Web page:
This evening, by roughly 10:30PM, there will be 15 teams and 15 fan bases that got punched in the mouth. By the end of the weekend, some of them will have been punched in the mouth a few times. They’ll know that their “two legit starters and some alleged depth” is not a plan for a pitching staff. They’ll know that the 15,000 words written about Joe Shlabotnik’s offseason workout regimen and new approach has done absolutely nothing to help him lay off breaking crap in the dirt. They’ll know that all the slogans and images spit out by the wannabe Don Drapers in the marketing department and all the faux-brainy cloudspeak spit out by the wannabe Steve Jobs in the baseball operations department aren’t any match for not having a stronger roster than the one we tricked ourselves into believing in back in mid-February. Reality will begin to creep in and we’ll begin adjusting ourselves to what the baseball season is as opposed to what we erroneously convince ourselves it will be when we’re staring out of our windows all winter long, waiting for spring.

Opening Day is glorious. Not because of what it means for its own sake. But for that punch in the mouth that snaps us all back to the highs, lows and day-to-day ins and outs of glorious baseball reality.

Hit me.

 

Something needs to change to avoid future incidents like Machado-vs.-Welke

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On Monday, Major League Baseball announced that Padres third baseman Manny Machado was suspended one game and fined an undisclosed amount for “aggressively arguing” and making contact with home plate umpire Bill Welke after a controversial strike three call in the fifth inning of Saturday’s game against the Rockies in Colorado. The clip of the incident is below, showing that Welke’s call was poor. Machado’s behavior was also poor, as he indeed made contact — inadvertently or not — with Welke and repeatedly swore at him. Machado also threw his bat, though it was not in anyone’s direction and no one was put in harm’s way.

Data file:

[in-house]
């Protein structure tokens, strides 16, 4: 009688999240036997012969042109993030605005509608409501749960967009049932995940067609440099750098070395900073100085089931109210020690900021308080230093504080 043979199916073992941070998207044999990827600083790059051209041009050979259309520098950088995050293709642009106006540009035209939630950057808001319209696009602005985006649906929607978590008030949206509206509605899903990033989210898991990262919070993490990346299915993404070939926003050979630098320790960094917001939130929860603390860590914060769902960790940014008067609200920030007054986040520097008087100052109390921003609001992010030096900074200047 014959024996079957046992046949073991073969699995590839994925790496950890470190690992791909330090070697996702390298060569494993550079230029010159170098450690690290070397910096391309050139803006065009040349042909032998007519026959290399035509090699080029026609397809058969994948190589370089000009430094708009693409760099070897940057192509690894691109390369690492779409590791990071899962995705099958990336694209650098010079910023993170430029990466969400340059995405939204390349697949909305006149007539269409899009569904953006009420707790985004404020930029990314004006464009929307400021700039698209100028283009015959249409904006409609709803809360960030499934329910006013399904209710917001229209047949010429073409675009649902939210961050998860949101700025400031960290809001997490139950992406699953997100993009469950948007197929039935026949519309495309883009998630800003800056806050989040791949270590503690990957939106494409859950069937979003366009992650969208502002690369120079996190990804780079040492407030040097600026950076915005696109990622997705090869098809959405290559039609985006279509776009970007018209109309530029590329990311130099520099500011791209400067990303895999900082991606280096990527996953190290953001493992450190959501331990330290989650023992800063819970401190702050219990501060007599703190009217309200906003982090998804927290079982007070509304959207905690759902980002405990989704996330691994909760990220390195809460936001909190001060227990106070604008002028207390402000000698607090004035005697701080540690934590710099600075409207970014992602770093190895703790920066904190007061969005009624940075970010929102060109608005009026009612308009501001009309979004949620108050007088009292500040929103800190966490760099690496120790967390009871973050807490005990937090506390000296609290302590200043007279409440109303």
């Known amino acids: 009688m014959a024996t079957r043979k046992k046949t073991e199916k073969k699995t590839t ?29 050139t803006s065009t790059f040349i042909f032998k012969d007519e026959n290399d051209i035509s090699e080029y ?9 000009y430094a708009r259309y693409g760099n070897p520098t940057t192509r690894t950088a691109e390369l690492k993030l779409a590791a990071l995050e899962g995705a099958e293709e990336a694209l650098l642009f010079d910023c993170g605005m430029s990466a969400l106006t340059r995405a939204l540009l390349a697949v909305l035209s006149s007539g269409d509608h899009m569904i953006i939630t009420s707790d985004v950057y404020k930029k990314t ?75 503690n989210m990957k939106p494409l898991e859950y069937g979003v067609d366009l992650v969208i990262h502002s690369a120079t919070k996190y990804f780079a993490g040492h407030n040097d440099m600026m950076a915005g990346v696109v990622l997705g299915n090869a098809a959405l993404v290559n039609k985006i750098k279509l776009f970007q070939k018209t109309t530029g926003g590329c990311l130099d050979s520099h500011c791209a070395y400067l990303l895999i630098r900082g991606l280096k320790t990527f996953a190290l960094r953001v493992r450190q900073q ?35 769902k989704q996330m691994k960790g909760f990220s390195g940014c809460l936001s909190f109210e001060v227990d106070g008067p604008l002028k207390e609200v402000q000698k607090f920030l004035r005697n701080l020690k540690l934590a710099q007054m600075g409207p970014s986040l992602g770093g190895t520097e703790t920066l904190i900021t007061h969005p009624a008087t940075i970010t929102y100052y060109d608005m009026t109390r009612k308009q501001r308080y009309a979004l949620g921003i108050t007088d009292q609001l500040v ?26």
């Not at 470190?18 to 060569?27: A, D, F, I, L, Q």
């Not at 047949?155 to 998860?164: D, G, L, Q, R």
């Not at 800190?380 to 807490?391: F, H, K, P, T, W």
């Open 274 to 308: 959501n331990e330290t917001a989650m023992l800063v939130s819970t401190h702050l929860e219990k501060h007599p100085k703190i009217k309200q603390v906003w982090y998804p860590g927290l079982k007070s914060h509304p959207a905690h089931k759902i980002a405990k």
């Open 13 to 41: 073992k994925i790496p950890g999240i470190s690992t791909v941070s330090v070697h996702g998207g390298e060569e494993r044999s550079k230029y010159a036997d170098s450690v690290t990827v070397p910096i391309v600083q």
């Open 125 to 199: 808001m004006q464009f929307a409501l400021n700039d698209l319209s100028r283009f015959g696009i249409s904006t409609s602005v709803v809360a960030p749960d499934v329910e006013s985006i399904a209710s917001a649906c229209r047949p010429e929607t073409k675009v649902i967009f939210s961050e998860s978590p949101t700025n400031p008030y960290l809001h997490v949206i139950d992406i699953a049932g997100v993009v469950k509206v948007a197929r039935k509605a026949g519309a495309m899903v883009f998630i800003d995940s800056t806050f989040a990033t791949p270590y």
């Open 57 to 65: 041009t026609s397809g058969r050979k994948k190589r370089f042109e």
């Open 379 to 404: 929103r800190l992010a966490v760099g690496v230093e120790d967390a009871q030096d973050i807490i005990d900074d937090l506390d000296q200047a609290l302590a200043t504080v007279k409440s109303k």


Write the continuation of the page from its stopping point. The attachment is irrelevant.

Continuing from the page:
Machado chose to appeal his suspension, as is his right. While that matter is in the process of being resolved, the Major League Umpires Association put out a lengthy statement on Facebook and a shorter but hashtag-laden post on Twitter. The statements were problematic for a number of reasons, chiefest being that the union is publicly commenting on an ongoing matter. MLB can keep Machado’s suspension at one game, which seems likely, or it can reduce his suspension to zero games. The league can also choose to reduce or remove the fine as well. Once the matter is resolved, the MLBUA should feel free to comment publicly on the matter.

MLBUA’s statement was also poorly proofread, hyperbolic, and creates a very legitimate argument for bias against Machado and/or the Padres going forward. The MLBUA described Machado as “violently” throwing his bat “with no regard to anyone’s safety.” It continued, “It is NOT okay to throw a temper tantrum and physically touch someone of authority, just because you don’t agree.”

MLBUA then moralized, asking, “What does this teach the MLB’s immense and ongoing influential youth movement trying to attract young fans to the game? Major League Baseball has to always lead by example in all cases of violent behavior, on and off the field.” It closed out, saying that the union was “extraordinarily disappointed” in MLB’s “inaction.”

Among the hashtags MLBUA used on Twitter were “#TemperTantrum,” “#RepeatOffender,” and “#Nonsense.”

Major League Baseball then released a statement on Tuesday night, saying, “…we do not believe it is appropriate for the union representing Major League Umpires to comment on the discipline of players represented by the Players Association.” The league added, “We also believe it is inappropriate to compare this incident to the extraordinarily serious issue of workplace violence.”